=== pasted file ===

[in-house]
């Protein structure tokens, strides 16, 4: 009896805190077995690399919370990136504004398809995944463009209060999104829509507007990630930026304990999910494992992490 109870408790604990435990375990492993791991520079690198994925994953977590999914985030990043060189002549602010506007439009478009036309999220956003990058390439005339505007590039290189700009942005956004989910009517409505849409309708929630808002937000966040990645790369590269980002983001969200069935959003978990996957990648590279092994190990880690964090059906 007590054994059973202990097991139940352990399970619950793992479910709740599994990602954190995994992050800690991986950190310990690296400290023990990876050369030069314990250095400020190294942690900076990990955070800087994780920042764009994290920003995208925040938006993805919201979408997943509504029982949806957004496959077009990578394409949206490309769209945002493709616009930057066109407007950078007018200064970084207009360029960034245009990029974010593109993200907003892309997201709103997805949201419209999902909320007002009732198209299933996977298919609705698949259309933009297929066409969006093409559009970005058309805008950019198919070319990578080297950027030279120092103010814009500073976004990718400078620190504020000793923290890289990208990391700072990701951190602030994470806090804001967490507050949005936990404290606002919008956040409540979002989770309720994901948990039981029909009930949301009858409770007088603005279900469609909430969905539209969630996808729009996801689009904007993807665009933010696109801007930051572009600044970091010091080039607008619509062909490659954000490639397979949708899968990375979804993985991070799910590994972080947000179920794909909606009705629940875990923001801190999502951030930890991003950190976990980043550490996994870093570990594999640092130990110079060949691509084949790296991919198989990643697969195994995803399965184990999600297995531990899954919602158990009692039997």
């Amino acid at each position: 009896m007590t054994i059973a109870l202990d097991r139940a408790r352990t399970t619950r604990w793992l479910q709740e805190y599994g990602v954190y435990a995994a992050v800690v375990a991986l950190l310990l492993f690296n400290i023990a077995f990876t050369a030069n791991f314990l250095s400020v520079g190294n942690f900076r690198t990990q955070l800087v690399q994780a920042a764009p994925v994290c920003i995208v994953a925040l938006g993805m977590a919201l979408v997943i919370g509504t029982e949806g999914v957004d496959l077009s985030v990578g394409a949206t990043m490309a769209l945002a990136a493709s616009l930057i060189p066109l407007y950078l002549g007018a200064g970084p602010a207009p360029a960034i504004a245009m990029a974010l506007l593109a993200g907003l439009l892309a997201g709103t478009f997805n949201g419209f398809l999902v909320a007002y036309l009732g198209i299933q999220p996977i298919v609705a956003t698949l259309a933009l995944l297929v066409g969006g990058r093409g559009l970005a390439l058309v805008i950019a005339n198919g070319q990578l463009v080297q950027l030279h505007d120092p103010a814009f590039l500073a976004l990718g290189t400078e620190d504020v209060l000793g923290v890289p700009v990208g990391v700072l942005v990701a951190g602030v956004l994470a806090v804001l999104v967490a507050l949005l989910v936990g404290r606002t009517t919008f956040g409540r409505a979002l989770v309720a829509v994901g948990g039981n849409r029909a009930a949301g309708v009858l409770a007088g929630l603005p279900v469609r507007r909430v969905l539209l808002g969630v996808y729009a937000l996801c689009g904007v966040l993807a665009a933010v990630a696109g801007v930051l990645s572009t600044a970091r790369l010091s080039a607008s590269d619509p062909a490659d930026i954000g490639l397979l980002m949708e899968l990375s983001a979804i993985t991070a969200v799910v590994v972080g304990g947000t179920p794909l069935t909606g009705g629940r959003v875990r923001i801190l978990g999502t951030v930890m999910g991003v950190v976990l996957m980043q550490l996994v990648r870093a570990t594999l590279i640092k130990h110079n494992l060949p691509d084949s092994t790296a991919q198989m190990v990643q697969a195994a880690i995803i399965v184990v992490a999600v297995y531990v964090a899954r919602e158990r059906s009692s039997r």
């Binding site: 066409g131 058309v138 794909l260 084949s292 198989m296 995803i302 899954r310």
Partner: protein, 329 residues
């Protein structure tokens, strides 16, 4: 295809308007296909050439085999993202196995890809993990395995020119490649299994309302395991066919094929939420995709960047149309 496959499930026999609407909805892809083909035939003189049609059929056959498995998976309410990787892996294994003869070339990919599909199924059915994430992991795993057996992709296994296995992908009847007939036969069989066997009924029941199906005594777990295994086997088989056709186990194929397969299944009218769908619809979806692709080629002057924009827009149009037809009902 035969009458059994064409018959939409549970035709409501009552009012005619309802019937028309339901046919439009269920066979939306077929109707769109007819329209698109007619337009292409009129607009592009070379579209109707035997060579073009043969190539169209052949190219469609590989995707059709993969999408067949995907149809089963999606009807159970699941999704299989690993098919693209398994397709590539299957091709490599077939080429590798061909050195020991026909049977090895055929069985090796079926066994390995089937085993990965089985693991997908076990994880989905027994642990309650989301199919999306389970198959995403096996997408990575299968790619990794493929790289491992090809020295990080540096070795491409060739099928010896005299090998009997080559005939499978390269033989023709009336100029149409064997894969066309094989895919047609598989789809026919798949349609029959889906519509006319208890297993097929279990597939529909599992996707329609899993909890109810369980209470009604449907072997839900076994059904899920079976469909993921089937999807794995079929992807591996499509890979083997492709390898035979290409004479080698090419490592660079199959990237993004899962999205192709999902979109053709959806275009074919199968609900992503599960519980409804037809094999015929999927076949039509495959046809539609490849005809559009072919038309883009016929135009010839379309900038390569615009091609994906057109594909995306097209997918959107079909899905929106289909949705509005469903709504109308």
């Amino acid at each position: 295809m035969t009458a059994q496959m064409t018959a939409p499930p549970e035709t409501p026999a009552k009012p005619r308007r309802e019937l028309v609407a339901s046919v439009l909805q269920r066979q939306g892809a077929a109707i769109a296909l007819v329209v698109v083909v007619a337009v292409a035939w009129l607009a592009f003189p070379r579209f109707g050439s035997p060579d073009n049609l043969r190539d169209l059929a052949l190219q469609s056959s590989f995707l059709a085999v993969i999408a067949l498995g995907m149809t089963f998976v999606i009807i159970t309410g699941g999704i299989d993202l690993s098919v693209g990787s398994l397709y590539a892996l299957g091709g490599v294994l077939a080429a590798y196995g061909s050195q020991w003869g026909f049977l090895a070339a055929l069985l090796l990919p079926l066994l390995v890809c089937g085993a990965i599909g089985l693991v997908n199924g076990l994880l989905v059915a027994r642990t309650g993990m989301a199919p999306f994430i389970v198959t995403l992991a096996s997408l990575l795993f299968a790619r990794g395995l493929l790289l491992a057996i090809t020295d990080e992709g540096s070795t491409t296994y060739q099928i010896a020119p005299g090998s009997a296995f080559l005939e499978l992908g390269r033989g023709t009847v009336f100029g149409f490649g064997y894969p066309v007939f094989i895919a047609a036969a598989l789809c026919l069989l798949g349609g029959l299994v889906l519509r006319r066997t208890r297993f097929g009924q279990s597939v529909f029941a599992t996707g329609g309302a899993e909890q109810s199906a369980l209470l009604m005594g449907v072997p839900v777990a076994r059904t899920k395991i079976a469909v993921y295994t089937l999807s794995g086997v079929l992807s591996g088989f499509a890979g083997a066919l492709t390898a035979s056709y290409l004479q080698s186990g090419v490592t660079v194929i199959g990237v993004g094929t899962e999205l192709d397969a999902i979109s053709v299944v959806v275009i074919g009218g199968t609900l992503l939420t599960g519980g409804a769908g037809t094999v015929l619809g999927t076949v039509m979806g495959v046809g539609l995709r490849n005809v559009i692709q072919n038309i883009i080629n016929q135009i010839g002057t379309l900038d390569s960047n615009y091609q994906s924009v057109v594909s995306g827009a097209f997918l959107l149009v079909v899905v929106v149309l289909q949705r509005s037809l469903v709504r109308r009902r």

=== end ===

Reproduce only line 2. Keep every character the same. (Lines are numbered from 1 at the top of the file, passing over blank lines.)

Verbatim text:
């Protein structure tokens, strides 16, 4: 009896805190077995690399919370990136504004398809995944463009209060999104829509507007990630930026304990999910494992992490 109870408790604990435990375990492993791991520079690198994925994953977590999914985030990043060189002549602010506007439009478009036309999220956003990058390439005339505007590039290189700009942005956004989910009517409505849409309708929630808002937000966040990645790369590269980002983001969200069935959003978990996957990648590279092994190990880690964090059906 007590054994059973202990097991139940352990399970619950793992479910709740599994990602954190995994992050800690991986950190310990690296400290023990990876050369030069314990250095400020190294942690900076990990955070800087994780920042764009994290920003995208925040938006993805919201979408997943509504029982949806957004496959077009990578394409949206490309769209945002493709616009930057066109407007950078007018200064970084207009360029960034245009990029974010593109993200907003892309997201709103997805949201419209999902909320007002009732198209299933996977298919609705698949259309933009297929066409969006093409559009970005058309805008950019198919070319990578080297950027030279120092103010814009500073976004990718400078620190504020000793923290890289990208990391700072990701951190602030994470806090804001967490507050949005936990404290606002919008956040409540979002989770309720994901948990039981029909009930949301009858409770007088603005279900469609909430969905539209969630996808729009996801689009904007993807665009933010696109801007930051572009600044970091010091080039607008619509062909490659954000490639397979949708899968990375979804993985991070799910590994972080947000179920794909909606009705629940875990923001801190999502951030930890991003950190976990980043550490996994870093570990594999640092130990110079060949691509084949790296991919198989990643697969195994995803399965184990999600297995531990899954919602158990009692039997």